Reformed Churchmen

We are Confessional Calvinists and a Prayer Book Church-people. In 2012, we remembered the 350th anniversary of the 1662 Book of Common Prayer; also, we remembered the 450th anniversary of John Jewel's sober, scholarly, and Reformed "An Apology of the Church of England." In 2013, we remembered the publication of the "Heidelberg Catechism" and the influence of Reformed theologians in England, including Heinrich Bullinger's Decades. For 2014: Tyndale's NT translation. For 2015, John Roger, Rowland Taylor and Bishop John Hooper's martyrdom, burned at the stakes. Books of the month. December 2014: Alan Jacob's "Book of Common Prayer" at: January 2015: A.F. Pollard's "Thomas Cranmer and the English Reformation: 1489-1556" at: February 2015: Jaspar Ridley's "Thomas Cranmer" at:

Monday, June 27, 2011

"Quitting Church" by Michael Horton

Quitting Church
Michael S. Horton
Some interesting things have happened over the last 18 months to justify my sense that contemporary evangelicalism is literally unchurching the churched. Admittedly, it's an odd conclusion, but it is supported by a number of developments. Not only has there been a decline in the percentage of professions of faith in American churches during the megachurch era; numerous studies over the last few years have documented a massive decline in the knowledge of even the basics of Christian faith and practice among professing believers.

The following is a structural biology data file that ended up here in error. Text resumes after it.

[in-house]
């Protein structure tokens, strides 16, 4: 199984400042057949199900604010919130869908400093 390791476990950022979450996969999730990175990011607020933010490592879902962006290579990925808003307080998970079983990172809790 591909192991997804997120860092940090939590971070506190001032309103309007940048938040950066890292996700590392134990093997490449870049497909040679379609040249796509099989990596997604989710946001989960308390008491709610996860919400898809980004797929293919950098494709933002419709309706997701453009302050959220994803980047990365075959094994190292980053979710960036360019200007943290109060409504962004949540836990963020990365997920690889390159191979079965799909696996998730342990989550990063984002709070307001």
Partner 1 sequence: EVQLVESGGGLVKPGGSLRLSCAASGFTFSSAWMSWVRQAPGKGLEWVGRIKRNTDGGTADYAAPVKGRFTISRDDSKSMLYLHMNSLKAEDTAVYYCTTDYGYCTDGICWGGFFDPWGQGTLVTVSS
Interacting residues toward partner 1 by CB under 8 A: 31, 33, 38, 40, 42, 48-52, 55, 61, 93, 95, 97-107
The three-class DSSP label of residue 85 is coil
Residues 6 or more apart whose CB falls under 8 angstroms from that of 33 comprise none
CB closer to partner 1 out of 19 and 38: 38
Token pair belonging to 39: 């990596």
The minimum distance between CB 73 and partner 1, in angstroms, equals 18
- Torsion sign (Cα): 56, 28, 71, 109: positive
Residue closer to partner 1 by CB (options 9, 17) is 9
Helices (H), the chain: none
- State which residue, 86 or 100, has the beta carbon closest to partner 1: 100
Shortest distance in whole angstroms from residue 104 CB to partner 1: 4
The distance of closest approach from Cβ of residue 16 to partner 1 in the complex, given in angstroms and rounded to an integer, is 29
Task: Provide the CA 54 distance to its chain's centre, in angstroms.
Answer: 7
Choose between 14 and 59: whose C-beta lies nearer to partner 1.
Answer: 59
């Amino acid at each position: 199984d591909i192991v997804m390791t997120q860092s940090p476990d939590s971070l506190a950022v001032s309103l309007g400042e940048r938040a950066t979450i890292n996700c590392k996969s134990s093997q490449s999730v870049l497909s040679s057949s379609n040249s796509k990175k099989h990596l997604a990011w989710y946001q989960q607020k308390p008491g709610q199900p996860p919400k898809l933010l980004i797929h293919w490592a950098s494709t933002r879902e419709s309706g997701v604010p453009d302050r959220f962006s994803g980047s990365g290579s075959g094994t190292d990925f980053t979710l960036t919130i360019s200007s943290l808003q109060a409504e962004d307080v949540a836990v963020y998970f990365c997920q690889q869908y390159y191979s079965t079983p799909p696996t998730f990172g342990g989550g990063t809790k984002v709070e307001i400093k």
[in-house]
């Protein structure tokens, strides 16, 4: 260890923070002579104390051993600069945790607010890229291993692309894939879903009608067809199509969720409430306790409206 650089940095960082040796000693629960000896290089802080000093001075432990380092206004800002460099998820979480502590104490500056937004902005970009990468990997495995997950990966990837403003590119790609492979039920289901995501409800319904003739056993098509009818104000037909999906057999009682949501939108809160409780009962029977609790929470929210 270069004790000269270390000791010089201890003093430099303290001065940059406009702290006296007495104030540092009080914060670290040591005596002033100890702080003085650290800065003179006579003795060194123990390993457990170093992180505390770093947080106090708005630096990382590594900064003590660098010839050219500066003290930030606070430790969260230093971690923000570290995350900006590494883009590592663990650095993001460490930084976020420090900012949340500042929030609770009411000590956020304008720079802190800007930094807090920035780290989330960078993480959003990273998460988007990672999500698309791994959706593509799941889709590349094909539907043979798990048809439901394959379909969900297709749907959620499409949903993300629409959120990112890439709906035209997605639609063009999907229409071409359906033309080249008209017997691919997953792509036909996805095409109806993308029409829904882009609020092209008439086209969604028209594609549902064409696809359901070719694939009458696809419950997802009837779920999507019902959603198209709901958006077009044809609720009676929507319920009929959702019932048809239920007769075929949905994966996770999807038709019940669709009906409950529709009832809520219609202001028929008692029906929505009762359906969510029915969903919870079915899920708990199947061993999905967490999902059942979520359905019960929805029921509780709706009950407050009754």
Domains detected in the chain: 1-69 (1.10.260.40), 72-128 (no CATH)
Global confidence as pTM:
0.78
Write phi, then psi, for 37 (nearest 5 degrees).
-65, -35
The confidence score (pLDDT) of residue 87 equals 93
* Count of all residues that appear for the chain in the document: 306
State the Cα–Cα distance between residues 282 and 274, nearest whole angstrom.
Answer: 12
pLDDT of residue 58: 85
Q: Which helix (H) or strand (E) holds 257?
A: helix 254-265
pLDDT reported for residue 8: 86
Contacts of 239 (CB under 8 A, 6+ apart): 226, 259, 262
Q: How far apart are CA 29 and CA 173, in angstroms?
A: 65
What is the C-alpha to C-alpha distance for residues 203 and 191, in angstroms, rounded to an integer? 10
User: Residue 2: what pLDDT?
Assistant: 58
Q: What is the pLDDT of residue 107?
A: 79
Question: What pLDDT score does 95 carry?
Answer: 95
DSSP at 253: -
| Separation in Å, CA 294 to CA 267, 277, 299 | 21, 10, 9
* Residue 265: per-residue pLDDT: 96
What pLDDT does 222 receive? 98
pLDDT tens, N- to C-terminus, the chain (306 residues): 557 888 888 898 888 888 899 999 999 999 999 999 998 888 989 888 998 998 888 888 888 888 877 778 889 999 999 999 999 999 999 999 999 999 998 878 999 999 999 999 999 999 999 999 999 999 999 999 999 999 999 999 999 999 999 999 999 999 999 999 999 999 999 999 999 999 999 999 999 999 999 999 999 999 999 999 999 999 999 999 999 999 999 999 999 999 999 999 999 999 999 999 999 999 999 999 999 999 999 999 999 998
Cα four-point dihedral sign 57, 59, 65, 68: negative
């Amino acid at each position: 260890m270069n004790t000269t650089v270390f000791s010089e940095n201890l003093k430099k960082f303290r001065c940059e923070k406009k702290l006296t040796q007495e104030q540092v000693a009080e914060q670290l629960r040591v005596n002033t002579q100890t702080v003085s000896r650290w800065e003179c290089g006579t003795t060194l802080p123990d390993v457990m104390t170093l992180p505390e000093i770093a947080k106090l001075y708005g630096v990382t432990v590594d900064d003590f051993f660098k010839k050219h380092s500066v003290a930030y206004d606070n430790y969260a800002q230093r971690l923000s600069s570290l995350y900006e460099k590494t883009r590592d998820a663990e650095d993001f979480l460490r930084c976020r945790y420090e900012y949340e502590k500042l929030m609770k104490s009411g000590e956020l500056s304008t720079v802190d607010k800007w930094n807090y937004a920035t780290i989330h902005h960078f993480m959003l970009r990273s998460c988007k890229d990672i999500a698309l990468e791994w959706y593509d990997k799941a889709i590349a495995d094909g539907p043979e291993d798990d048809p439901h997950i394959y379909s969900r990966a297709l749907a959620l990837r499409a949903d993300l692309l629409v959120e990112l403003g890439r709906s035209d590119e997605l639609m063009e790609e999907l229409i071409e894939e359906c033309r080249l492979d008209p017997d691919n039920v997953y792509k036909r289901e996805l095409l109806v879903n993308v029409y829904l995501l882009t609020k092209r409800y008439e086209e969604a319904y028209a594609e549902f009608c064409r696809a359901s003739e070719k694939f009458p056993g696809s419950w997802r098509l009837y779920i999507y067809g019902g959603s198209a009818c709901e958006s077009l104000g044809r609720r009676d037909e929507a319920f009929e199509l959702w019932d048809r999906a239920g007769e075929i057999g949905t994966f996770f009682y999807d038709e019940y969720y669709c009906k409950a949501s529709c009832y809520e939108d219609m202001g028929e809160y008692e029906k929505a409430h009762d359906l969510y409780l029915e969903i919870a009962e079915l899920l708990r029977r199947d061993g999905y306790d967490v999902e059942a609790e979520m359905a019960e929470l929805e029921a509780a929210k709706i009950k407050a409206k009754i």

However, I never thought I would see the day when high-profile pastors and church leaders would justify this unfaithfulness. In 2007, the Willow Creek Association published its findings that the most highly committed Christians at Willow Creek Community Church (in the Chicago suburb of South Barrington) were most dissatisfied with their own personal growth and the ministry of their church. Expressing their concern for deeper instruction and richer worship, these respondents were the most likely to be ready to leave Willow Creek. The obvious conclusion drawn by the church's leadership was that the church becomes less important for personal growth as believers mature and they should be taught to become "self-feeders." Believers grow out of their dependence on the church's ministry the same way children outgrow their parents' supervision, the leadership concluded. Over this same period, church marketing expert George Barna wrote two books urging that we move beyond the organized church altogether and find our "spiritual resources" elsewhere, particularly through Internet "communities." He offered statistics to back up his triumphalistic claim that this is already happening. People need spiritual coaches, he insisted, but not the church.

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